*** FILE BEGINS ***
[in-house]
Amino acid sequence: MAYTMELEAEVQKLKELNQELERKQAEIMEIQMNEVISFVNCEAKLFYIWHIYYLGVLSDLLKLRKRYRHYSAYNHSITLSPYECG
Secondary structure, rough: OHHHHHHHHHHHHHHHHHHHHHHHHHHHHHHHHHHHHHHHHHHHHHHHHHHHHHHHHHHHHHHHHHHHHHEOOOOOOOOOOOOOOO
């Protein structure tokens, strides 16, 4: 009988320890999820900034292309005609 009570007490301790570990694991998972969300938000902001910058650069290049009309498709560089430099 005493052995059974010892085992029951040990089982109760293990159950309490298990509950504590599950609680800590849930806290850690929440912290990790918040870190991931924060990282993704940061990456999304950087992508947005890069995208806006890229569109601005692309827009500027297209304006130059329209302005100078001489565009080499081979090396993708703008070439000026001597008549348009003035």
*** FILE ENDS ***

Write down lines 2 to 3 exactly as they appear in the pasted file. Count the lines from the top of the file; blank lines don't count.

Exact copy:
Amino acid sequence: MAYTMELEAEVQKLKELNQELERKQAEIMEIQMNEVISFVNCEAKLFYIWHIYYLGVLSDLLKLRKRYRHYSAYNHSITLSPYECG
Secondary structure, rough: OHHHHHHHHHHHHHHHHHHHHHHHHHHHHHHHHHHHHHHHHHHHHHHHHHHHHHHHHHHHHHHHHHHHHHEOOOOOOOOOOOOOOO